WE’RE HEARING from New York where one mortgage banker and two MLOs recently entered into settlement agreements with the Department of Financial Services in lieu of a hearing for a fine or revocation of their license. The three matters had two things in common. One, they all got to write a check (the MLOs each paid the department a $10,000 fine and the mortgage banker paid a $20,000 fine) and two, they were all using the name My Christian Mortgage.
I guess appealing to persons of the Christian faith is one way to try and market yourself. The three companies fined by New York were using websites and radio advertising using the unapproved name of My Christian Mortgage. Not much else in the way of details was available from the public records I reviewed. I suspect the powers that be were concerned that lambs were headed off to slaughter and took steps to protect them. Perhaps a better way to market your business and be faithful is to get active in a church and word of mouth may or may not steer business your way.
Other news from New York involves the five boroughs and Long Island. The land where attorneys run the show as far as real estate sales contracts are concerned. There has been much discussion lately about the terms and conditions of the mortgage contingency clause. This one clause in a contract in New York is often longer than entire contracts used in other states. This is what happens when you put 15 million people in a small geographic area and a lot of attorneys are involved.
The discussions I mention basically concerned negotiating around when a mortgage loan commitment becomes firm and unconditional. The light at the end of the tunnel so to speak. In other words when does a buyer put her contract downpayment (good faith deposit) at risk? Alternatively when can the seller tell the buyer to take a hike because their lender is taking too long? These discussions are actually a good sign for the market because it means that other potential buyers are actually out there. So hang on a little longer and things should pick up.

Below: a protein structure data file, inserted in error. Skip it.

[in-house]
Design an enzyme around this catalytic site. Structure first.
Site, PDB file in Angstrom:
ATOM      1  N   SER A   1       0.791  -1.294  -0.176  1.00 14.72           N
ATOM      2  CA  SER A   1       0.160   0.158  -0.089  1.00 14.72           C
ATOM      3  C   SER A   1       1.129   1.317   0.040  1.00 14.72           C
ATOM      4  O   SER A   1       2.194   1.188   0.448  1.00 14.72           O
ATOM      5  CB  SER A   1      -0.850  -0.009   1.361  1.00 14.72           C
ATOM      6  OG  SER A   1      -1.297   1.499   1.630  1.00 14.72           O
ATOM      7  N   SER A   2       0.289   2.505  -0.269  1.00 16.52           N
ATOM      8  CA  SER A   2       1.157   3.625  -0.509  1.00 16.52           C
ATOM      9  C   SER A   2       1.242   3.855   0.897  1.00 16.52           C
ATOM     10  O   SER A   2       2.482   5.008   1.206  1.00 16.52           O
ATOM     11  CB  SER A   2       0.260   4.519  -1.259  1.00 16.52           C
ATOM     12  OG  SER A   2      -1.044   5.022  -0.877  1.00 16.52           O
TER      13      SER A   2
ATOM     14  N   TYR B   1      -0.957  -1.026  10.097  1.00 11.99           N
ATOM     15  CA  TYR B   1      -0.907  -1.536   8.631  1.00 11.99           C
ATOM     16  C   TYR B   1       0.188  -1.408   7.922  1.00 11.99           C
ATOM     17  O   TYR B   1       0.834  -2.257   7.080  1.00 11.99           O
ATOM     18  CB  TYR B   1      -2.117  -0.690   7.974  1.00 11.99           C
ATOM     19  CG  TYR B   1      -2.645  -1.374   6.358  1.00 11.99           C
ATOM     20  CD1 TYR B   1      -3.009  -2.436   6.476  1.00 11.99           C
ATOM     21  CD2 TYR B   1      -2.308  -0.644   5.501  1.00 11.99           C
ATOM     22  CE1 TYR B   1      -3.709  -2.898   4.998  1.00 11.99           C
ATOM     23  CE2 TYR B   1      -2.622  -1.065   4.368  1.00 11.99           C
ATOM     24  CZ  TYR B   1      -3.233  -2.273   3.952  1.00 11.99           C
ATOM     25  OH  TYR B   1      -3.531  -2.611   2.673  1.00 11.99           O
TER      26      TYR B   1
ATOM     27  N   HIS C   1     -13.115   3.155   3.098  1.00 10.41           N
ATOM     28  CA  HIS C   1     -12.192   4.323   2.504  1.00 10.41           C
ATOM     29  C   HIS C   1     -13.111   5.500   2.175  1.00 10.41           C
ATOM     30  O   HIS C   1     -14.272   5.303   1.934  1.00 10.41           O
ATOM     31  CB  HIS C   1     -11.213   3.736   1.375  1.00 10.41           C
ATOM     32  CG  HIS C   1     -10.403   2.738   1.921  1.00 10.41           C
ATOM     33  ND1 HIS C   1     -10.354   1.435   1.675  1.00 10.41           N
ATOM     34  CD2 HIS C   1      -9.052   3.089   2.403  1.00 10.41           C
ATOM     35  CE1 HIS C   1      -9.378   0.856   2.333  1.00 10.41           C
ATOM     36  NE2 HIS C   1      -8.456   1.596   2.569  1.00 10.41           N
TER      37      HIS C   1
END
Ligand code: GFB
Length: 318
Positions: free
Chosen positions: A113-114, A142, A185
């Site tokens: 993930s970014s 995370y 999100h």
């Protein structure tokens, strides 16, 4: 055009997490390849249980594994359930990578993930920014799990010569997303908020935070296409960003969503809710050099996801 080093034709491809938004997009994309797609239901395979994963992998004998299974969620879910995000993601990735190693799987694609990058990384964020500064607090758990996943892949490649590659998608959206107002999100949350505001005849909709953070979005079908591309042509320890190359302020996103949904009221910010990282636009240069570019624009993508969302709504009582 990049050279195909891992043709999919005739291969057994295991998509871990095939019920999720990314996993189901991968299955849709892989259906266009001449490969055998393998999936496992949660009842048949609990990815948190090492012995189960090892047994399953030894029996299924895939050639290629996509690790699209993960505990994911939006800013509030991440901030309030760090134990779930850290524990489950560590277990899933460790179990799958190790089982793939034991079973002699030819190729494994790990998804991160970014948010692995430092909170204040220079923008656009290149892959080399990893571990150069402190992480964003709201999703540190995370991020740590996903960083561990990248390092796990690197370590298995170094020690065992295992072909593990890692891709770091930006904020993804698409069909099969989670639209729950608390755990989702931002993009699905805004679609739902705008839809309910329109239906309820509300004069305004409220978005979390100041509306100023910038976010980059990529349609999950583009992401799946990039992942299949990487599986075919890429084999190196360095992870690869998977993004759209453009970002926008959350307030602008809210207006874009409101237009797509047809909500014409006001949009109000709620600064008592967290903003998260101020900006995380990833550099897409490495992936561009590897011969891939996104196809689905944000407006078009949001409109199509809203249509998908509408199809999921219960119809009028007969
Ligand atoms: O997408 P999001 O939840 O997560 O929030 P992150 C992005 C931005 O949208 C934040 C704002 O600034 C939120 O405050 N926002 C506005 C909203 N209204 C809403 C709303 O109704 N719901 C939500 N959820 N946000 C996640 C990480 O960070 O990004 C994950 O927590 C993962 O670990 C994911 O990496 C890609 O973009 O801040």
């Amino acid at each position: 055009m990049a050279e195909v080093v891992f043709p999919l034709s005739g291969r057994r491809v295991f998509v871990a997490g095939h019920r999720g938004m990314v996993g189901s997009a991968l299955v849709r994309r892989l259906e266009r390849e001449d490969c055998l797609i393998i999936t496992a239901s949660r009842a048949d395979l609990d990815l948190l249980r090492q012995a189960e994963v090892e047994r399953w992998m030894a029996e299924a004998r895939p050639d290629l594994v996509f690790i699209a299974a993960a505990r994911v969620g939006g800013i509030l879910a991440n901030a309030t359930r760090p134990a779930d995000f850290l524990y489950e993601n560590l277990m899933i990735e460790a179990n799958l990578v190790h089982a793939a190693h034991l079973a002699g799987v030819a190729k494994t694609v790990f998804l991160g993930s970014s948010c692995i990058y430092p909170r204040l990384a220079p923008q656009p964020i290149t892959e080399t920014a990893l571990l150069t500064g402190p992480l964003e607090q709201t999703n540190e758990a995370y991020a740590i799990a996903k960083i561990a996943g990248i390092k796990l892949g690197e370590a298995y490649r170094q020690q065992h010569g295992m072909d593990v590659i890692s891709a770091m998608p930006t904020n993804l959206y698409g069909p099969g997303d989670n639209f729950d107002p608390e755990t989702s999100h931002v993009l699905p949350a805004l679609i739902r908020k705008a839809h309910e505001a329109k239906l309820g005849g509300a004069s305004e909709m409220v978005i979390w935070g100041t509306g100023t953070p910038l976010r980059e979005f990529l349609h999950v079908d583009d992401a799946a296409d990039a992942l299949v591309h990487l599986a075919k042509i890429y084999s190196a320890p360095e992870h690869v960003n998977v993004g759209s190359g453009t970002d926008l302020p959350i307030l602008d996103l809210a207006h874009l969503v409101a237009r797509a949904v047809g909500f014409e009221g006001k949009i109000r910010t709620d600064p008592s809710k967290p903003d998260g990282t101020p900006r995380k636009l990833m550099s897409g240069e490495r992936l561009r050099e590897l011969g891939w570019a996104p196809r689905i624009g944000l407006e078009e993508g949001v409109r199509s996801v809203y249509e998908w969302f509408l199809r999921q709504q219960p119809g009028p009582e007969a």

Next we travel to Alabama to look at a recent decision (Robertson v. MERSCORP Inc.) out of the state’s Supreme Court. This case is definitely one to watch. It involves an attempt by local governments to make MERS record mortgage (and or note) assignments to generate revenue in the way of recording fees for the local government. Although it sounds boring it is not. MERS handles a zillion assignments of secondary market mortgage loans on its books all the time. Multiply each one of those by whatever the recording fee might be on a local level and we are speaking of a lot of money.
Who will pay for those fees? Who will pay to have the proper documents prepared? MERS aggressively tried to have the case dismissed on a procedural matter. MERS has lost that battle. Whether it will lose the war will remain to be seen and you can stay tuned. Every other state that needs revenue will also probably start to tune in too.
Finally we end in California with a new local requirement involving new home construction. In Palo Alto new homes must now be constructed with the wiring to permit charging an electric car. Supposedly it will only add $200 to the cost of construction. Of course the permit to do the construction is double that amount. What I want to know is how much can you actually save with a green car as opposed to a gas powered car. Is it enough money for a mortgage loan underwriter to take into consideration in getting someone’s loan approved? In other words don’t count my car loan payment in the debt to income ratio because I am actually saving money with my electric car.
Based in Chelsea, Mich., John McDermott is a real estate and elder care attorney who represents both consumers and businesses. He can be emailed at email@example.com.